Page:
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51. The DHS/ALL—027 The History of the Department of Homeland Security System of Records consists of electronic and paper records and will be used by DHS and its components. The DHS/ALL—027 The History of the Department of Homeland Security System of Records is a repository of information held by DHS in connection with its several and varied missions and functions, including, but not limited to the enforcement of civil and criminal laws; investigations, inquiries, and proceedings thereunder; national security and intelligence activities; and protection of the President of the United States or other individuals pursuant to Section 3056 and 3056A of Title 18. The DHS/ALL—027 The History of the Department of Homeland Security System of Records contain information that is collected by, on behalf of, in support of, or in cooperation with DHS and its components and may contain personally identifiable information collected by other federal, state, local, tribal, foreign, or international government agencies. The Secretary of Homeland Security has exempted this system from the following provisions of the Privacy Act, subject to limitations set forth in 5 U.S.C. 552a(c)(3) and (4); (d); (e)(1), (e)(2), (e)(3), (e)(4)(G), (e)(4)(H), (e)(4)(I), (e)(5), (e)(8), (e)(12); (f); (g)(1); and (h) pursuant to 5 U.S.C. 552a(j)(2). Additionally, the Secretary of Homeland Security has exempted this system from the following provisions of the Privacy Act, subject to limitations set forth in 5 U.S.C. 552a(c)(3); (d); (e)(1), (e)(4)(G), (e)(4)(H), (e)(4)(I); and (f) pursuant to 5 U.S.C. 552a(k)(1), (k)(2), (k)(3), and (k)(5). Exemptions from these particular subsections are justified, on a case-by-case basis to be determined at the time a request is made, for the following reasons:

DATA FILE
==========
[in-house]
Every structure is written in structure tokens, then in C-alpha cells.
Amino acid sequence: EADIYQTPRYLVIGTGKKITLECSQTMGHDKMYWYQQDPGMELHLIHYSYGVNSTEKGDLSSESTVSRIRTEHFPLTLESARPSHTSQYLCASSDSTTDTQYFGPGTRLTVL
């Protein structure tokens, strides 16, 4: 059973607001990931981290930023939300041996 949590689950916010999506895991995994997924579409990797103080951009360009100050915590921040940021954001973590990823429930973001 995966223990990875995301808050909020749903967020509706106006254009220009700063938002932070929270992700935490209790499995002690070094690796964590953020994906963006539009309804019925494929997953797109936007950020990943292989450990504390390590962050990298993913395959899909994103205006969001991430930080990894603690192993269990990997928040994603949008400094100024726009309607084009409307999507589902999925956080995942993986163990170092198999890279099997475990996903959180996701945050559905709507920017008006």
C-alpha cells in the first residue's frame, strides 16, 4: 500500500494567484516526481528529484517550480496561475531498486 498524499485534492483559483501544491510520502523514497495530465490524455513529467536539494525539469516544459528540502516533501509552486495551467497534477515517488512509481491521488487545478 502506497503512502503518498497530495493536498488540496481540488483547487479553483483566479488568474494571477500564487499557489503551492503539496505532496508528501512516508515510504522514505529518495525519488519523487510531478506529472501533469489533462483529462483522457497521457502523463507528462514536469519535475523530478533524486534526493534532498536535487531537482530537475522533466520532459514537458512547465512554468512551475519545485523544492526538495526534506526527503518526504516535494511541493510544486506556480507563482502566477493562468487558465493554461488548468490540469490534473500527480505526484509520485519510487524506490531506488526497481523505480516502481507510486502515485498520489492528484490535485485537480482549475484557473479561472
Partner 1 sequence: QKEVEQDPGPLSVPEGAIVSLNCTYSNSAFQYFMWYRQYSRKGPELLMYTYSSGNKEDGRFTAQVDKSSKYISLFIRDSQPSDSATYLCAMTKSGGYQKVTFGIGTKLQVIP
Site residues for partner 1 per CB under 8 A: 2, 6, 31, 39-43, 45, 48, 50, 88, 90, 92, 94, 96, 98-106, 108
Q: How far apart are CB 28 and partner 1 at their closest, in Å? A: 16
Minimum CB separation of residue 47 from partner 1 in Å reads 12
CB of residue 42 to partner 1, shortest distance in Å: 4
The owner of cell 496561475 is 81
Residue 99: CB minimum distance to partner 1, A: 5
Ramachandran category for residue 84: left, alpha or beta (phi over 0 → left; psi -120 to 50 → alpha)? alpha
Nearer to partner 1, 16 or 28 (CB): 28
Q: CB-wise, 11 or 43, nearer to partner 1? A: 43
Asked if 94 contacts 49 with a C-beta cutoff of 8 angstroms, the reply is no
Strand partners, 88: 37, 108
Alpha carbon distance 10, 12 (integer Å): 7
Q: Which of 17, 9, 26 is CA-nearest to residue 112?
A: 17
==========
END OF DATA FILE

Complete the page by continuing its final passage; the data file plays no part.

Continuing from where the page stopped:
(a) From subsection (c)(3) and (4) (Accounting for Disclosures) because release of the accounting of disclosures could alert the subject of an investigation of an actual or potential criminal, civil, or regulatory violation to the existence of that investigation and reveal investigative interest on the part of DHS as well as the recipient agency. Disclosure of the accounting would therefore present a serious impediment to law enforcement efforts and/or efforts to preserve national security. Disclosure of the accounting would also permit the individual who is the subject of a record to impede the investigation, to tamper with witnesses or evidence, and to avoid detection or apprehension, which would undermine the entire investigative process.

(b) From subsection (d) (Access to Records) because access to the records contained in this system of records could inform the subject of an investigation of an actual or potential criminal, civil, or regulatory violation to the existence of that investigation and reveal investigative interest on the part of DHS or another agency. Access to the records could permit the individual who is the subject of a record to impede the investigation, to tamper with witnesses or evidence, and to avoid detection or apprehension. Amendment of the records could interfere with ongoing investigations and law enforcement activities and would impose an unreasonable administrative burden by requiring investigations to be continually reinvestigated. In addition, permitting access and amendment to such information could disclose security-sensitive information that could be detrimental to homeland security.Start Printed Page 50846